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O’Reilly Strata 2012: The Year of the Data Scientist
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We had the privilege this past week to be invited to be part of the 2012 O’Reilly Strata “Making Data Work” Conference. Some of our photos from the event are here. At the event, we were excited to have Tokutek described in front of the approximately 2,500 attendees during the keynote sessions.

Overall, the diversity of topics discussed at the conference was impressive, spanning databases, developer tools, data visualization techniques, customer stories, and business implications. The full agenda is

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Evidenzia Upgrades to TokuDB v5.2 to Address Storage Growth and Scale Performance
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Ensuring sufficient disk I/O to catch copyright violations at network speed.

Evidenzia GmbH & Co. KG

Issues addressed:

  • Storage growth, including maxed-out disk I/O utilization
  • Performance issues and business impact due to slow selects
  • Inability to revise data schema on the fly

The Company: Evidenzia GmbH & Co. KG is one of the leading partners of the software, movie and music industry when it comes to tracing copyright infringements

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A super-set of MySQL for Big Data. Interview with John Busch, Schooner.
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“Legacy MySQL does not scale well on a single node, which forces granular sharding and explicit application code changes to make them sharding-aware and results in low utilization of severs”– Dr. John Busch, Schooner Information Technology A super-set of MySQL suitable for Big Data? On this subject, I have interviewed Dr. John Busch, Founder, Chairman, [...]
Tokutek Selected as a Finalist for O’Reilly Strata Conference
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We are excited to announce that we’ve been named as one of ten finalists selected for the startup showcase at the O’Reilly Strata “Making Data Work” Conference at the end of this month in Santa Clara, California. The startup showcase will be held on February 29th, starting at 6:30 pm.

The conference offers a great overview of the big data space, with tracks on Data Science, Business and Industry,

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New England’s Victory (for Big Data)
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While it might not have been New England’s weekend on the Big Gridiron, it was certainly New England’s day for Big Data at the New England Database Summit on Friday at MIT.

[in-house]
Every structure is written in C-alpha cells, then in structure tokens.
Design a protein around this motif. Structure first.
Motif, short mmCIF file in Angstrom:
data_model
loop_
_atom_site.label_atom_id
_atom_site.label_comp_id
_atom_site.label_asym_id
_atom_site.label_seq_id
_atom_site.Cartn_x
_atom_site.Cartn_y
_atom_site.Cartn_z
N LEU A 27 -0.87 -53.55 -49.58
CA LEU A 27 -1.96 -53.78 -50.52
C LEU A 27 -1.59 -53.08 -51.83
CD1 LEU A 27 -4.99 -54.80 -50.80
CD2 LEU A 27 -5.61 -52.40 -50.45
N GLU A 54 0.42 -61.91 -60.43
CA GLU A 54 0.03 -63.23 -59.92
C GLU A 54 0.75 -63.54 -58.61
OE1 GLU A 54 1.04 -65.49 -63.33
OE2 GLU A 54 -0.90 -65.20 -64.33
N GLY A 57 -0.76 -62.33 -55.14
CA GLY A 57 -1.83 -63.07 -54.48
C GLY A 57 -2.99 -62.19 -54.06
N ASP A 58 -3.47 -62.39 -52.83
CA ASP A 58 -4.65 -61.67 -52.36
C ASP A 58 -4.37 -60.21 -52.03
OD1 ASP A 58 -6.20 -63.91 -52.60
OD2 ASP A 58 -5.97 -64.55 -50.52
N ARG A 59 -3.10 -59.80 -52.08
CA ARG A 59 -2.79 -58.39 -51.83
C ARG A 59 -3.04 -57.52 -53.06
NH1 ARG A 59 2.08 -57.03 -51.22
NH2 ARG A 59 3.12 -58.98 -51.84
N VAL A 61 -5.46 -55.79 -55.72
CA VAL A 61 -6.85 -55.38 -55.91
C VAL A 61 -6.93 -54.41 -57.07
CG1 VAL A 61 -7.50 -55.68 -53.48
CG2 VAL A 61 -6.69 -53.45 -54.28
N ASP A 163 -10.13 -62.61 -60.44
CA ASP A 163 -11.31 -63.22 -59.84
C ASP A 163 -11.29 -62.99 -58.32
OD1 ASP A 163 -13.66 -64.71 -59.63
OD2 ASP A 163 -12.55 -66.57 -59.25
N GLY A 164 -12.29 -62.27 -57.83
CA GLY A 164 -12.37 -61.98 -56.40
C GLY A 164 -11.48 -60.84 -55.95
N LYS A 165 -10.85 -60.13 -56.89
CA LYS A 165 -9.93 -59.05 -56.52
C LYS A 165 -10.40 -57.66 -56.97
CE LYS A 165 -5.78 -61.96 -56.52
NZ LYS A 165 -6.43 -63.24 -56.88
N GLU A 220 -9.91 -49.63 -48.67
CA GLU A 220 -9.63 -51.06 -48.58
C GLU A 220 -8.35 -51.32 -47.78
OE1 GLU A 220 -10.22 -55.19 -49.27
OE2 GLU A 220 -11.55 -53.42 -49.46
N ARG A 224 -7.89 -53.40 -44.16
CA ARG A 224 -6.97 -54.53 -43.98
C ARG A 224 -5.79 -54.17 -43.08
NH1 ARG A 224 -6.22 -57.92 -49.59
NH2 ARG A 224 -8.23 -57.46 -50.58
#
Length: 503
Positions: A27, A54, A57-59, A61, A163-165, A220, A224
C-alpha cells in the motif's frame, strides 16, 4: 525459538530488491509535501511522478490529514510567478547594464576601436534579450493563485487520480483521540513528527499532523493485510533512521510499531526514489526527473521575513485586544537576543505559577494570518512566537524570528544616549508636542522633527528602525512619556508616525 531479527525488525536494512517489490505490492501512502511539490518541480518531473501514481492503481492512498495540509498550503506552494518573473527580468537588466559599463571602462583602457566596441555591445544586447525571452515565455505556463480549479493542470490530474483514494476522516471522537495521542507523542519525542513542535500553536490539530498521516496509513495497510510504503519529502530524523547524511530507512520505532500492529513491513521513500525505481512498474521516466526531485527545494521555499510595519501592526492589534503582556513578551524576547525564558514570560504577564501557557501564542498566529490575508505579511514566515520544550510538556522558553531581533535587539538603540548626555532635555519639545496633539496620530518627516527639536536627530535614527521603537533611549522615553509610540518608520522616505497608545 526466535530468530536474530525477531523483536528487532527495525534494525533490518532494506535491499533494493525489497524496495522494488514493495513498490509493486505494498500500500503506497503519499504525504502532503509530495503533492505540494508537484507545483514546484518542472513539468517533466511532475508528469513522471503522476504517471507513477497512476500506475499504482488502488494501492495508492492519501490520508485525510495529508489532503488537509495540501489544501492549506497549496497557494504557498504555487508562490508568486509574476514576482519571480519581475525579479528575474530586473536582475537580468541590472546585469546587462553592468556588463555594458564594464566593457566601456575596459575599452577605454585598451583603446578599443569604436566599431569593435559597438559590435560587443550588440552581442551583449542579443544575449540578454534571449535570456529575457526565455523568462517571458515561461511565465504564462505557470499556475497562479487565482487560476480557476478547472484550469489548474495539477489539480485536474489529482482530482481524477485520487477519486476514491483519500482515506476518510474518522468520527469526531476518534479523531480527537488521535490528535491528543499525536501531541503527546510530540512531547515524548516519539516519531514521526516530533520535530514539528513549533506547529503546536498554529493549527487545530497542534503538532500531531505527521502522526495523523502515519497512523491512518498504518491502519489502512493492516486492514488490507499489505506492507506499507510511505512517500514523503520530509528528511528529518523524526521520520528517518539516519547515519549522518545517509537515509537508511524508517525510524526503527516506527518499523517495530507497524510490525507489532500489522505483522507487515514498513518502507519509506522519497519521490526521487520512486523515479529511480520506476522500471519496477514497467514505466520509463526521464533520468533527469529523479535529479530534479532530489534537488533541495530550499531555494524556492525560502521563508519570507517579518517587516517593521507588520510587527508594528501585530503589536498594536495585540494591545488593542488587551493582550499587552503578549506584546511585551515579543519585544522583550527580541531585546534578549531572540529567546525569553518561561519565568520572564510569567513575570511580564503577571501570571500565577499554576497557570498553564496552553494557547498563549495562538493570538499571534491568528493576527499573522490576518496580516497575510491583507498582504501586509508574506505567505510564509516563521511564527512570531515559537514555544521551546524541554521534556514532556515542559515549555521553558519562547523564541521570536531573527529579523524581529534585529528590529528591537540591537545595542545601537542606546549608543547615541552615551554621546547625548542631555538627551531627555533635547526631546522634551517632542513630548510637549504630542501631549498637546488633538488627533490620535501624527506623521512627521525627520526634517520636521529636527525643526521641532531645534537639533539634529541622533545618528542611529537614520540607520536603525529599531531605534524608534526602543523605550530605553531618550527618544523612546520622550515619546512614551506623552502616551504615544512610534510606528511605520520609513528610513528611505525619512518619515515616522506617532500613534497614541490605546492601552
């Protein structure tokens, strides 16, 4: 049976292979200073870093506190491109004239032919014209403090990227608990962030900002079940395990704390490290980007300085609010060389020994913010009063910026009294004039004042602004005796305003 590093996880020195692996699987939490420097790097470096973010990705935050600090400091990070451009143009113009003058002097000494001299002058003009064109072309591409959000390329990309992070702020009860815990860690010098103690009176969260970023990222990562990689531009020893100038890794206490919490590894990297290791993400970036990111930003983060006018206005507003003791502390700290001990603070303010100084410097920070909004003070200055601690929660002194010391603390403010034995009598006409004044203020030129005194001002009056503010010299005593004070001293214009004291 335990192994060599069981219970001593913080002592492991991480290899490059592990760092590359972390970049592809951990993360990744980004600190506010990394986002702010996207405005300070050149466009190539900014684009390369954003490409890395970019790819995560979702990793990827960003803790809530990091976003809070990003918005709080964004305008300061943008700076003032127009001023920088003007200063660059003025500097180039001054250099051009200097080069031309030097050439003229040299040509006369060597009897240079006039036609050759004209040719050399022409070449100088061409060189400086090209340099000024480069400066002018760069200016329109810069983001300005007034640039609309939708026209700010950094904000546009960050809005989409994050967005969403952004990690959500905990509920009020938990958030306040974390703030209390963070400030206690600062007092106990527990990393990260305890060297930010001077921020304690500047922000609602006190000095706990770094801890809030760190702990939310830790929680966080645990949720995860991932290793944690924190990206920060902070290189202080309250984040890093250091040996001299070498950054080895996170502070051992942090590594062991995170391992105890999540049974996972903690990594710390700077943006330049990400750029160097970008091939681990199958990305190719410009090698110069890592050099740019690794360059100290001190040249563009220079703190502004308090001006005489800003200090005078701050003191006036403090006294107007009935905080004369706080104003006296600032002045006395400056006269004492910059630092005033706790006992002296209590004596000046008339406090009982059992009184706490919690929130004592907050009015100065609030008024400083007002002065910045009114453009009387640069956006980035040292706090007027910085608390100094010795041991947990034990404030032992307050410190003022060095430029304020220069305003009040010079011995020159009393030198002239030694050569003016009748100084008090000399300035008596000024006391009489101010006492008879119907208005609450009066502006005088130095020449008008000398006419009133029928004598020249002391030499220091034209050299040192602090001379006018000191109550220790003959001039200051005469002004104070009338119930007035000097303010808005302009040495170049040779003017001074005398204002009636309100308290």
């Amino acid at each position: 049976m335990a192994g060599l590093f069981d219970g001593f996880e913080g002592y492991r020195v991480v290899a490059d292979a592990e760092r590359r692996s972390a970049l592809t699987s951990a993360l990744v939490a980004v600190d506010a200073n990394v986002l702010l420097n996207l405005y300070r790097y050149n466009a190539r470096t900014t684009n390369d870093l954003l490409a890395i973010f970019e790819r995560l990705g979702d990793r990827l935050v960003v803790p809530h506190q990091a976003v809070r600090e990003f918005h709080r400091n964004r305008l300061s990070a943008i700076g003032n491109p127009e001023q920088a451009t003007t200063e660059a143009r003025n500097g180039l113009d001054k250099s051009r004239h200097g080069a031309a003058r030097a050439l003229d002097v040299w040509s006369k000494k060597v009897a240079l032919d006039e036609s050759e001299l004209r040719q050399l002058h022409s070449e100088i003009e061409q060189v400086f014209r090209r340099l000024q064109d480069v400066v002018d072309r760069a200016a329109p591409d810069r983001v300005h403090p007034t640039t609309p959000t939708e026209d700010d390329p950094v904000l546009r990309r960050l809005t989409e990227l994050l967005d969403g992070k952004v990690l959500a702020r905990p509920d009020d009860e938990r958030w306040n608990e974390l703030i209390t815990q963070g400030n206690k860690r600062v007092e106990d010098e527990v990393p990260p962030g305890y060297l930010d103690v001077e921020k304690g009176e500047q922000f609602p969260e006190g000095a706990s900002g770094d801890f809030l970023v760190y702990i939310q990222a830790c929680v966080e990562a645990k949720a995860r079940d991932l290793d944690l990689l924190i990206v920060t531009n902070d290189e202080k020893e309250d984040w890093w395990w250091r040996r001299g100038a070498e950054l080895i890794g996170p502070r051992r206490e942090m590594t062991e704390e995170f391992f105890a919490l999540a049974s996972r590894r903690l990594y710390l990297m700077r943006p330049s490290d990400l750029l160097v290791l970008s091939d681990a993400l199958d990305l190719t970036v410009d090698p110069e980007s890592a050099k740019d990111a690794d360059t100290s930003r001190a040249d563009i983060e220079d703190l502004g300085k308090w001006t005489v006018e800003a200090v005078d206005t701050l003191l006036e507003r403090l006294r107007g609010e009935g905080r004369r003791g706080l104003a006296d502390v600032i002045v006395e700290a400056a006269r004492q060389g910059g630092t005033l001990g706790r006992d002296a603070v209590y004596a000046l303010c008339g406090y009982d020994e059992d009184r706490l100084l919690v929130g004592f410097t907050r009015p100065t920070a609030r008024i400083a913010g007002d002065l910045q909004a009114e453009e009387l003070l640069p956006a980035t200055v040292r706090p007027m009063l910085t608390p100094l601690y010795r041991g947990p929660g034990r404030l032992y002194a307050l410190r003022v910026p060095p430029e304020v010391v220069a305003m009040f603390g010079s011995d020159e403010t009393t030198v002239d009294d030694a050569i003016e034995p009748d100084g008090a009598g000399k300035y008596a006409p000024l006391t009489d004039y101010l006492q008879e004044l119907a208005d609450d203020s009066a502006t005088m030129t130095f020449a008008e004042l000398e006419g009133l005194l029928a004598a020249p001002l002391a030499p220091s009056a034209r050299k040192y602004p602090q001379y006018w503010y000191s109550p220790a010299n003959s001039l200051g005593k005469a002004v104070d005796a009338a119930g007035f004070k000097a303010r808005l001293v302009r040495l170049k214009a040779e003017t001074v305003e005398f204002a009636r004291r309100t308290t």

The summit was well attended, with 350 registrants and keynotes from prominent MySQL users such as Mark Callaghan. The coverage was quite broad, with presentations running the gamut from grad students (complete with bodyguards and intimidating academic

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MySQL Conference and Expo Talk on Benchmarking
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I’ll be speaking on April 11th at 4:30 pm in Room 4 in at the Percona Conference and Expo Talk. The topic will be “Creating a Benchmark Infrastructure That Just Works.

Throughout my career I’ve been involved with maintaining the performance of database applications and therefore created many benchmark frameworks. At Tokutek, an important part of my role is measuring the performance of our storage engine over time and versus competing solutions. There is nothing proprietary about

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Big Kettle News
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Dear Kettle fans,

Today I’m really excited to be able to announce a few really important changes to the Pentaho Data Integration landscape. To me, the changes that are being announced today compare favorably to reaching Kettle version 1.0 some 9 years ago, or reaching version 2.0 with plugin support or even open sourcing Kettle itself…

First of all…

Pentaho is again open sourcing an important piece of software.  Today we’re bringing all big data related software to you as open source software.  This includes all currently available capabilities to access HDFS, MongoDB, Cassandra, HBase, the specific VFS drivers we created as well as the ability to execute work inside of Hadoop (MapReduce), Amazon EMR, Pig and so